Israeli spyware Pegasus used for surveillance on Palestinian groups: Report
The Israeli spyware Pegasus was used for surveillance on the staff of Palestinian civil societies recently outlawed by the regime, an investigative report by a European rights group has revealed.
Last month, Israel’s Minister of Military Affairs Benny Gantz said the ministry had designated the six prominent Palestinian civil society groups, including Addameer, al-Haq, Defense for Children Palestine, the Union of Agricultural Work Committees, Bisan Center for Research and Development, and the Union of Palestinian Women Committees, as “terrorist organizations.”
The move drew sharp criticism from several human rights watchdogs. The Palestinian resistance movement Hamas, the Arab League, and several American legislators also spoke out in denunciation of the designation.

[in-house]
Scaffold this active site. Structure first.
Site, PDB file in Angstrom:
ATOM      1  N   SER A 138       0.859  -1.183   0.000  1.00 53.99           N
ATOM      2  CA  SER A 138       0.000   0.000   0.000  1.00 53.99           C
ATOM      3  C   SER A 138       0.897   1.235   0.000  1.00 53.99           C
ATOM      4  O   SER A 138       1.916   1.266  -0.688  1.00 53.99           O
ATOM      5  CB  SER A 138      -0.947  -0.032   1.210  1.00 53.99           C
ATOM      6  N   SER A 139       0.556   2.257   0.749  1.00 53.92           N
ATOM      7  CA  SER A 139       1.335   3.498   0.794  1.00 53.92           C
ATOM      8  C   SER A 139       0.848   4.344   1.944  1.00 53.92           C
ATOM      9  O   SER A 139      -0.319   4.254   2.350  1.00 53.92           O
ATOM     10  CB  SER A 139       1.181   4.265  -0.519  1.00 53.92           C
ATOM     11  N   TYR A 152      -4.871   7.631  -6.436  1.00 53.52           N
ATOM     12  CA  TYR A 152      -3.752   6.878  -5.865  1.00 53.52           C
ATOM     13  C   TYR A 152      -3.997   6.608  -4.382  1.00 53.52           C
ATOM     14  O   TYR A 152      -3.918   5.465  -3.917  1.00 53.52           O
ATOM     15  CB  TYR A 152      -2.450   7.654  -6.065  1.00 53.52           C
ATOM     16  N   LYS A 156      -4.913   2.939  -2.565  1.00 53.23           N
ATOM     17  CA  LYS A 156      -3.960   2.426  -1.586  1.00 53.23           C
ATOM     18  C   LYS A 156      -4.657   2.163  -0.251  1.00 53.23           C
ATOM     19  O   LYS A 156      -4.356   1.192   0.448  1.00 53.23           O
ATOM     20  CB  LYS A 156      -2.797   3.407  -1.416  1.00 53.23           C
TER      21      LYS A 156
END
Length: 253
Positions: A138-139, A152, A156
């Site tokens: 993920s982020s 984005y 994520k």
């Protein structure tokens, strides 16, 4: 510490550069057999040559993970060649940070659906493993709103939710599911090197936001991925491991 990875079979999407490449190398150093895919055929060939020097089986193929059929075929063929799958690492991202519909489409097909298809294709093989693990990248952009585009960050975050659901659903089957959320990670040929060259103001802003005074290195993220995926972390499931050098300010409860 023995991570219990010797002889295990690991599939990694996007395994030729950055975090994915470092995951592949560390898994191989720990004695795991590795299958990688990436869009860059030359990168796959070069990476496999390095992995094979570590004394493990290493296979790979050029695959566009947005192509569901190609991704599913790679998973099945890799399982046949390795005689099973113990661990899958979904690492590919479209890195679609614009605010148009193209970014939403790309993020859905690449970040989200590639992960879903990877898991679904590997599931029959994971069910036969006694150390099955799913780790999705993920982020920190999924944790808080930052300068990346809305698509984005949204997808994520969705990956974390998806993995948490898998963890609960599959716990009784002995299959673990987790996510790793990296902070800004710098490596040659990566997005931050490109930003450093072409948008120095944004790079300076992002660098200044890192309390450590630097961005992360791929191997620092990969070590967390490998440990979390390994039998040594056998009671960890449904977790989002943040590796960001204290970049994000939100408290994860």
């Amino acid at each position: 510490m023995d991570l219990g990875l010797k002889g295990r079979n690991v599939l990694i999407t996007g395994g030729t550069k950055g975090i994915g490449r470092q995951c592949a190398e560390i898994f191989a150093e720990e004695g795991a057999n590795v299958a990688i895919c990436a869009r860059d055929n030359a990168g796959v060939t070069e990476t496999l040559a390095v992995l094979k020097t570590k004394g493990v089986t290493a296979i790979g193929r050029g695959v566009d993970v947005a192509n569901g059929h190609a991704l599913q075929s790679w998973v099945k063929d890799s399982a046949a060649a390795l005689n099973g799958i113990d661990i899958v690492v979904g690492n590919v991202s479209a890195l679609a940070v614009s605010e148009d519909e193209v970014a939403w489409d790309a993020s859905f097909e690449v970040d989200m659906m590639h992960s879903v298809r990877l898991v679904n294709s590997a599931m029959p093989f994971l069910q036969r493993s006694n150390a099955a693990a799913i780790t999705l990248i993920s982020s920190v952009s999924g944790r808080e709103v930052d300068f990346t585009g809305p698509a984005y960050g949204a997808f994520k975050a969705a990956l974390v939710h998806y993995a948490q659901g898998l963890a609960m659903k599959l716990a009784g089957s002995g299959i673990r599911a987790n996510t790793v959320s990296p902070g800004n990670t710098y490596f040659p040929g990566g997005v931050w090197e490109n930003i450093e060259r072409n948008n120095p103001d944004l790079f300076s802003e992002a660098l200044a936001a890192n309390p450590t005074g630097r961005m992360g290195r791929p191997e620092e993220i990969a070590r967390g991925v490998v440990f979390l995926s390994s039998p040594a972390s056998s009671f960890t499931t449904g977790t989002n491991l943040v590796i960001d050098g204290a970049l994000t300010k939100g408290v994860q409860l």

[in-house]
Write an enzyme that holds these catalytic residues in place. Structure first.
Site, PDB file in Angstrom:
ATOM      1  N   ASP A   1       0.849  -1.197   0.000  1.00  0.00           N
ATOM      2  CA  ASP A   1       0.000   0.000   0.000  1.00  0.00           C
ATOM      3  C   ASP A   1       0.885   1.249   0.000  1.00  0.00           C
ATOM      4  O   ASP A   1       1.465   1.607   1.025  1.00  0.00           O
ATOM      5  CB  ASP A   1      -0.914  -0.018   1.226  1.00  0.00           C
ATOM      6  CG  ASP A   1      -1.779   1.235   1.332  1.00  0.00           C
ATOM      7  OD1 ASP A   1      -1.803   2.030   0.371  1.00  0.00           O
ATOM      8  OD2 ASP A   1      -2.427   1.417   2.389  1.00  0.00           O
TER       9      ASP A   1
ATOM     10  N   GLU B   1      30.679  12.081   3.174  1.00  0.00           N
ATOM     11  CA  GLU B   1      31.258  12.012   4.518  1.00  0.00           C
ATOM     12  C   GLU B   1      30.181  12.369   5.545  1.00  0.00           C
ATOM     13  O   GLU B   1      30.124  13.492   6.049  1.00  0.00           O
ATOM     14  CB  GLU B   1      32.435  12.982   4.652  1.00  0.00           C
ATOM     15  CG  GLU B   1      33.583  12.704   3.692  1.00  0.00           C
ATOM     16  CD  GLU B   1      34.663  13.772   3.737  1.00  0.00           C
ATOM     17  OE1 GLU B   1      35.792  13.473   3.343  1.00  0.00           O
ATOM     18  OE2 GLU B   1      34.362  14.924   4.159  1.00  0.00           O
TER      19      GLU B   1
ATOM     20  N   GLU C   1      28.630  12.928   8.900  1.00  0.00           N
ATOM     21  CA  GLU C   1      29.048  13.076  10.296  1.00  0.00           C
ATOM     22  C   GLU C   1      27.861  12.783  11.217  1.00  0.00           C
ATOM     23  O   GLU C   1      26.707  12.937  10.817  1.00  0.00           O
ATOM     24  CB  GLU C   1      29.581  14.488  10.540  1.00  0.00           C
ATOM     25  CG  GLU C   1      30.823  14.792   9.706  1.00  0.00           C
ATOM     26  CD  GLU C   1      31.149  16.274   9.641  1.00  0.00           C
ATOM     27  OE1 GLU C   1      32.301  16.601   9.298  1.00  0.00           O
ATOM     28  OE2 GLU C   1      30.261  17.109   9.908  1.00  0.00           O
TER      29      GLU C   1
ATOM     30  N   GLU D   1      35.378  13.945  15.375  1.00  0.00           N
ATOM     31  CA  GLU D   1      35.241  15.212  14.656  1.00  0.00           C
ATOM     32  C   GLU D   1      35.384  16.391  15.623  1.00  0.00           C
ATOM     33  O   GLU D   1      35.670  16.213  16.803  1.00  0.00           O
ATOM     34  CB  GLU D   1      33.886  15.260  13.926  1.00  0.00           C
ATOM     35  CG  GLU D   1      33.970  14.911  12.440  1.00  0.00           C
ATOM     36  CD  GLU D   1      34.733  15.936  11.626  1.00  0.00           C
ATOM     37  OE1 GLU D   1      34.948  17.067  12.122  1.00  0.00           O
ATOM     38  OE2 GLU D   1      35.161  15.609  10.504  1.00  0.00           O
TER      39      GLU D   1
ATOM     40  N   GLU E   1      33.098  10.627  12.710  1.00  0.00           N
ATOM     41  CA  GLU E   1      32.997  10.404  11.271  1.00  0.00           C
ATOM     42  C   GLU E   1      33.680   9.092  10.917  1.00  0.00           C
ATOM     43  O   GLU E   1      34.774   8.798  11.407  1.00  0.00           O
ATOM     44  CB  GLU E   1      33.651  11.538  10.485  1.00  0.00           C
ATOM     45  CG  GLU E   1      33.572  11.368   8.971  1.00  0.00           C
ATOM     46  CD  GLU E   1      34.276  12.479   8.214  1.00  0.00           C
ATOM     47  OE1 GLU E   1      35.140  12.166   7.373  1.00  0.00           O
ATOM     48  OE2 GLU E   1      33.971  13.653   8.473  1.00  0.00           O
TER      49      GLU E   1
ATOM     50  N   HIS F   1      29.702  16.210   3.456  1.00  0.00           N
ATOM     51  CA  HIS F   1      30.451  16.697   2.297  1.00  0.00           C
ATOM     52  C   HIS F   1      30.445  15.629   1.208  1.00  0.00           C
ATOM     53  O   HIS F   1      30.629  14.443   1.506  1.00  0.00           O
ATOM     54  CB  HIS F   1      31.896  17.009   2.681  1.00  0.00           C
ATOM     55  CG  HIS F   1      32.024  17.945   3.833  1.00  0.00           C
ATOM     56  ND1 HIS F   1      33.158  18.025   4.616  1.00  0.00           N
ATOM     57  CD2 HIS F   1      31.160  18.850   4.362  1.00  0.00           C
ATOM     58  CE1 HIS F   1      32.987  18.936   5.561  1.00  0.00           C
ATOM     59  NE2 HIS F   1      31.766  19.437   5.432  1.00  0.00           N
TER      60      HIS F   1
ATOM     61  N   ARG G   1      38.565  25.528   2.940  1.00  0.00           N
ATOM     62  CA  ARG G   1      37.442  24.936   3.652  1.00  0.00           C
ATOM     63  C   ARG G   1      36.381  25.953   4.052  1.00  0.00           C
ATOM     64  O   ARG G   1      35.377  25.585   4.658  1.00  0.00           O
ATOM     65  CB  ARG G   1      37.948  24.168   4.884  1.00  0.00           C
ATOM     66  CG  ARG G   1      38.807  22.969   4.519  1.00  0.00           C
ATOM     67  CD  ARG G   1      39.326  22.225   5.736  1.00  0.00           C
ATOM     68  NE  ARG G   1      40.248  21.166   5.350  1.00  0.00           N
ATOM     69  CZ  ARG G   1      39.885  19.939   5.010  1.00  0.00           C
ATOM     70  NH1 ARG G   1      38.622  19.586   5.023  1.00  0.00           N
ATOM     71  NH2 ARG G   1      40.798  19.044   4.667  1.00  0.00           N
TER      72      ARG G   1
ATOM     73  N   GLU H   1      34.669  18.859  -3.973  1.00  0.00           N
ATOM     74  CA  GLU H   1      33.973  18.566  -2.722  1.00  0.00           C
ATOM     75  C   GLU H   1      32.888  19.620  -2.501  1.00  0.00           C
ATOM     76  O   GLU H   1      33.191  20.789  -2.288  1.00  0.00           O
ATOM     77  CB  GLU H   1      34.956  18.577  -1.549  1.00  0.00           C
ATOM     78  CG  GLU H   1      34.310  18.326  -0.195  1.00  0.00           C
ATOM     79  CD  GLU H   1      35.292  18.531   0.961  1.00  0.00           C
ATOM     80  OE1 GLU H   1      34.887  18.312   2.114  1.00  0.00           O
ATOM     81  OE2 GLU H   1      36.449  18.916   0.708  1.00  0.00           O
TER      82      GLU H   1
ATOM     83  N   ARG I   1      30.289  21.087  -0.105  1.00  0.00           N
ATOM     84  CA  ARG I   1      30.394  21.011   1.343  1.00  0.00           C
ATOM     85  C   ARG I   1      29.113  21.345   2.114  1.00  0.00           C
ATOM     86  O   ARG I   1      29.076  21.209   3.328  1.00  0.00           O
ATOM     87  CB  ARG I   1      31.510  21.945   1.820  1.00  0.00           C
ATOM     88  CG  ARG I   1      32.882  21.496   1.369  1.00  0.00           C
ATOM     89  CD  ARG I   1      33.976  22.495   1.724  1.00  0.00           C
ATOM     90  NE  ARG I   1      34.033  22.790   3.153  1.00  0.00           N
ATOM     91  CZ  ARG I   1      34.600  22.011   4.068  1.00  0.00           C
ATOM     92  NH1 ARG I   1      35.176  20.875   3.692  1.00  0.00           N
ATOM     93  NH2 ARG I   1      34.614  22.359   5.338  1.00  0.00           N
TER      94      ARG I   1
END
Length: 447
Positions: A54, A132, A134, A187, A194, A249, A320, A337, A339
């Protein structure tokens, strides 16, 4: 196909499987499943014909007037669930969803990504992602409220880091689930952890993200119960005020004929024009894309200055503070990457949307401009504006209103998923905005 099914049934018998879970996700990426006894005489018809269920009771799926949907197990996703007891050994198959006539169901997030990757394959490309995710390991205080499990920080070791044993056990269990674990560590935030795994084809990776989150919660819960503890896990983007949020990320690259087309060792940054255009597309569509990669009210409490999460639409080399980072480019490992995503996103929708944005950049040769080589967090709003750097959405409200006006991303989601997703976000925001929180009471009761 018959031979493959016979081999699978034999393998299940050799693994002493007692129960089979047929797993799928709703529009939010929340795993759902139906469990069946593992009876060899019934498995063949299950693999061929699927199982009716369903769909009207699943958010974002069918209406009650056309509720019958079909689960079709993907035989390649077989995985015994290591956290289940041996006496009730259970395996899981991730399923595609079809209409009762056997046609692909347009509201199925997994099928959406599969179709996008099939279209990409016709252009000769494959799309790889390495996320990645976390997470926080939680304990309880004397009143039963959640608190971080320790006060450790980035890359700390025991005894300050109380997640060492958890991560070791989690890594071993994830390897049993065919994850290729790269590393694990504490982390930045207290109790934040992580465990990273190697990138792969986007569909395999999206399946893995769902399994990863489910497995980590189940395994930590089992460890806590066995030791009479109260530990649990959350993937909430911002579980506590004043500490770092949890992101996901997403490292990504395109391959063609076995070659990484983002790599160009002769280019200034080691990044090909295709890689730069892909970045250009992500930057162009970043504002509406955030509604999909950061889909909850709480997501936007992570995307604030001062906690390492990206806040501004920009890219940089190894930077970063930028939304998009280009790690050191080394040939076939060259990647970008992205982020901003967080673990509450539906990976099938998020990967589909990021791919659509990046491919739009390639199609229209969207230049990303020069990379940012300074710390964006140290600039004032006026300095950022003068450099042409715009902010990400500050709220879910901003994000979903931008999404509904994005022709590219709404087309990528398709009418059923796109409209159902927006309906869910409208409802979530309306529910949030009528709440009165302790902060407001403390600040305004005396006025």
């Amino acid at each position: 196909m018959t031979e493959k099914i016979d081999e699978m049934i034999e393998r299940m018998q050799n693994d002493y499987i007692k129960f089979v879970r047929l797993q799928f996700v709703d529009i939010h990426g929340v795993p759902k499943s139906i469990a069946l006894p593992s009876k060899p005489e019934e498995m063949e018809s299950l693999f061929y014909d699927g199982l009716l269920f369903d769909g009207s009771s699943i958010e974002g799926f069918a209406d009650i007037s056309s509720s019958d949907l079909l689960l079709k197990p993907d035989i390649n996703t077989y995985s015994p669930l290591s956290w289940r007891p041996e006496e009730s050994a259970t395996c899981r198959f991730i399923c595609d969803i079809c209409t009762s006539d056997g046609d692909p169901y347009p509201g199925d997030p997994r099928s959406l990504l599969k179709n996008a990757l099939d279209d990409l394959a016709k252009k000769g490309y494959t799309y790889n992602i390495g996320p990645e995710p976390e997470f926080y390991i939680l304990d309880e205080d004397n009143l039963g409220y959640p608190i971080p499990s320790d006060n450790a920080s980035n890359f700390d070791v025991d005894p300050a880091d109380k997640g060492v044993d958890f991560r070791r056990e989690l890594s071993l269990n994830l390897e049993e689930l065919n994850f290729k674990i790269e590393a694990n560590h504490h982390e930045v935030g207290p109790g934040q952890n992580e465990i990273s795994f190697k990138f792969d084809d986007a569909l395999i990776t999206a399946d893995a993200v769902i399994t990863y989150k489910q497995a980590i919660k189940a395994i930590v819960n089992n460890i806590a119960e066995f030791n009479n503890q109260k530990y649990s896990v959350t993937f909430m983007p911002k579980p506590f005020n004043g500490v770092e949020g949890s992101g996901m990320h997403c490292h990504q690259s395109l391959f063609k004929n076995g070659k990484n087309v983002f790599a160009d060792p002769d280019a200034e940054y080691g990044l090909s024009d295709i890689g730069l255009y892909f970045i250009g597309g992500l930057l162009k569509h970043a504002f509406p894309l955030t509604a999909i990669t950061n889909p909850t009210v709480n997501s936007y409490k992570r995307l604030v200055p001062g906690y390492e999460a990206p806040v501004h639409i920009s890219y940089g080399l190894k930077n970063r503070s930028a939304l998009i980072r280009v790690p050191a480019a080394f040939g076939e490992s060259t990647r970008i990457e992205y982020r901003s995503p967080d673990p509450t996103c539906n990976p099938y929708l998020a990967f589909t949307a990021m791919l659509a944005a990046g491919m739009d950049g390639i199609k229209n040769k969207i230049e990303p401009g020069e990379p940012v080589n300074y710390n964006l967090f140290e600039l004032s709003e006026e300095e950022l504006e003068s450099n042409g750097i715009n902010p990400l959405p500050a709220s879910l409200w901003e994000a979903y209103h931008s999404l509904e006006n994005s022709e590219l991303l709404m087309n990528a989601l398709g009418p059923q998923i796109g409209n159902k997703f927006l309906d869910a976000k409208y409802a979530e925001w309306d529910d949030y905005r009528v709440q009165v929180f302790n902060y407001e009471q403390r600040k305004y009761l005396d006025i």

Back in July, a group of 17 media organizations revealed that Pegasus, developed by the Israeli hacker-for-hire company, NSO Group, targeted human rights activists, journalists, lawyers and leading political figures, including the French president, across the globe.
Last week, the US Department of Commerce blacklisted the Israeli surveillance company, which has so far exported Pegasus to 45 countries around the world.
Smartphones infected with Pegasus can be turned to a listening device. In addition, the spyware allows the user to read the target's messages, look through their photos, track their location and even turn on their camera without them knowing.
On Monday, the Irish-based rights organization, Front Line Defenders, also known as the International Foundation for the Protection of Human Rights Defenders, said in a report that six devices used by Palestinian rights activists “were hacked with NSO Group's Pegasus spyware.”
Irish Foreign Minister Simon Coveney told an Israeli newspaper last week that the European Union had not gotten any credible evidence linking the Palestinian NGOs to terrorism.